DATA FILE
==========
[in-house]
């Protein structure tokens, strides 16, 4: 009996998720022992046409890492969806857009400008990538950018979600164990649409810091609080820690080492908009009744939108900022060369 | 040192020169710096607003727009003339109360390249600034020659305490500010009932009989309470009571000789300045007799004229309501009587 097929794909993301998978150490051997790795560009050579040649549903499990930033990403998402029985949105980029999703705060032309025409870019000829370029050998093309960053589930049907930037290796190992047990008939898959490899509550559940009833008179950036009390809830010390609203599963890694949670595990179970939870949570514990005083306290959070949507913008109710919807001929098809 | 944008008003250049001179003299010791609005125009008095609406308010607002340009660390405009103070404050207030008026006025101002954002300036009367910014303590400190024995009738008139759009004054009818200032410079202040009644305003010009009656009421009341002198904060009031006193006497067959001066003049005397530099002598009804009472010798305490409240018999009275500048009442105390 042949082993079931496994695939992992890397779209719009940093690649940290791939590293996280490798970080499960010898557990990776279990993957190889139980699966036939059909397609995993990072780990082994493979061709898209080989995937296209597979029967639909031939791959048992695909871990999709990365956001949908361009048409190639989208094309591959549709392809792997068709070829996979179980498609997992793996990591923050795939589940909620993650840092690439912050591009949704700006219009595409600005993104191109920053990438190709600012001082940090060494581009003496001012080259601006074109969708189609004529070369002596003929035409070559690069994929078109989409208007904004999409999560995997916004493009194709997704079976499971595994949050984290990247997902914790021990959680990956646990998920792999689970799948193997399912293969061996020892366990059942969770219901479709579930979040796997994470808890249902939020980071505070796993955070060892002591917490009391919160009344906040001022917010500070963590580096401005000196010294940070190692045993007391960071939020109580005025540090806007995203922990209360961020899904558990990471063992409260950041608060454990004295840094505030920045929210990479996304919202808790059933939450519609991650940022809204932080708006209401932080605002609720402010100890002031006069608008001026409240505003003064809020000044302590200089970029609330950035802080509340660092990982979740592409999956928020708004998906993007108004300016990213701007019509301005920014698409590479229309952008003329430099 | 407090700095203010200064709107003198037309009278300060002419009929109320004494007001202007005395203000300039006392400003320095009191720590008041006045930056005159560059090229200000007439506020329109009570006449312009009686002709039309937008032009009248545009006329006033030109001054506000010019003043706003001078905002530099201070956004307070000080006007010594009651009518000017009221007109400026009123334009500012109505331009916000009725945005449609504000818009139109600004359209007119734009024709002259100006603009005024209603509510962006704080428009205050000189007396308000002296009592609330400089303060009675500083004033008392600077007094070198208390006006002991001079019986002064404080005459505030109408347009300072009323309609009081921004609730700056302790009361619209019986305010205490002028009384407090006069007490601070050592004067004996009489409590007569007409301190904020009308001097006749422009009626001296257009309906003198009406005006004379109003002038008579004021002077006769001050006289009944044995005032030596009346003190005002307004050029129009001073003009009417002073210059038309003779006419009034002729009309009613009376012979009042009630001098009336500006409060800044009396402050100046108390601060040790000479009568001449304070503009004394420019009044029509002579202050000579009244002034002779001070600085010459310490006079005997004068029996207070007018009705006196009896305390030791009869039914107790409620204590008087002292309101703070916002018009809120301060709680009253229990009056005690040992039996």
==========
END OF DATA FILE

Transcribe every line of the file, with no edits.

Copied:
[in-house]
């Protein structure tokens, strides 16, 4: 009996998720022992046409890492969806857009400008990538950018979600164990649409810091609080820690080492908009009744939108900022060369 | 040192020169710096607003727009003339109360390249600034020659305490500010009932009989309470009571000789300045007799004229309501009587 097929794909993301998978150490051997790795560009050579040649549903499990930033990403998402029985949105980029999703705060032309025409870019000829370029050998093309960053589930049907930037290796190992047990008939898959490899509550559940009833008179950036009390809830010390609203599963890694949670595990179970939870949570514990005083306290959070949507913008109710919807001929098809 | 944008008003250049001179003299010791609005125009008095609406308010607002340009660390405009103070404050207030008026006025101002954002300036009367910014303590400190024995009738008139759009004054009818200032410079202040009644305003010009009656009421009341002198904060009031006193006497067959001066003049005397530099002598009804009472010798305490409240018999009275500048009442105390 042949082993079931496994695939992992890397779209719009940093690649940290791939590293996280490798970080499960010898557990990776279990993957190889139980699966036939059909397609995993990072780990082994493979061709898209080989995937296209597979029967639909031939791959048992695909871990999709990365956001949908361009048409190639989208094309591959549709392809792997068709070829996979179980498609997992793996990591923050795939589940909620993650840092690439912050591009949704700006219009595409600005993104191109920053990438190709600012001082940090060494581009003496001012080259601006074109969708189609004529070369002596003929035409070559690069994929078109989409208007904004999409999560995997916004493009194709997704079976499971595994949050984290990247997902914790021990959680990956646990998920792999689970799948193997399912293969061996020892366990059942969770219901479709579930979040796997994470808890249902939020980071505070796993955070060892002591917490009391919160009344906040001022917010500070963590580096401005000196010294940070190692045993007391960071939020109580005025540090806007995203922990209360961020899904558990990471063992409260950041608060454990004295840094505030920045929210990479996304919202808790059933939450519609991650940022809204932080708006209401932080605002609720402010100890002031006069608008001026409240505003003064809020000044302590200089970029609330950035802080509340660092990982979740592409999956928020708004998906993007108004300016990213701007019509301005920014698409590479229309952008003329430099 | 407090700095203010200064709107003198037309009278300060002419009929109320004494007001202007005395203000300039006392400003320095009191720590008041006045930056005159560059090229200000007439506020329109009570006449312009009686002709039309937008032009009248545009006329006033030109001054506000010019003043706003001078905002530099201070956004307070000080006007010594009651009518000017009221007109400026009123334009500012109505331009916000009725945005449609504000818009139109600004359209007119734009024709002259100006603009005024209603509510962006704080428009205050000189007396308000002296009592609330400089303060009675500083004033008392600077007094070198208390006006002991001079019986002064404080005459505030109408347009300072009323309609009081921004609730700056302790009361619209019986305010205490002028009384407090006069007490601070050592004067004996009489409590007569007409301190904020009308001097006749422009009626001296257009309906003198009406005006004379109003002038008579004021002077006769001050006289009944044995005032030596009346003190005002307004050029129009001073003009009417002073210059038309003779006419009034002729009309009613009376012979009042009630001098009336500006409060800044009396402050100046108390601060040790000479009568001449304070503009004394420019009044029509002579202050000579009244002034002779001070600085010459310490006079005997004068029996207070007018009705006196009896305390030791009869039914107790409620204590008087002292309101703070916002018009809120301060709680009253229990009056005690040992039996």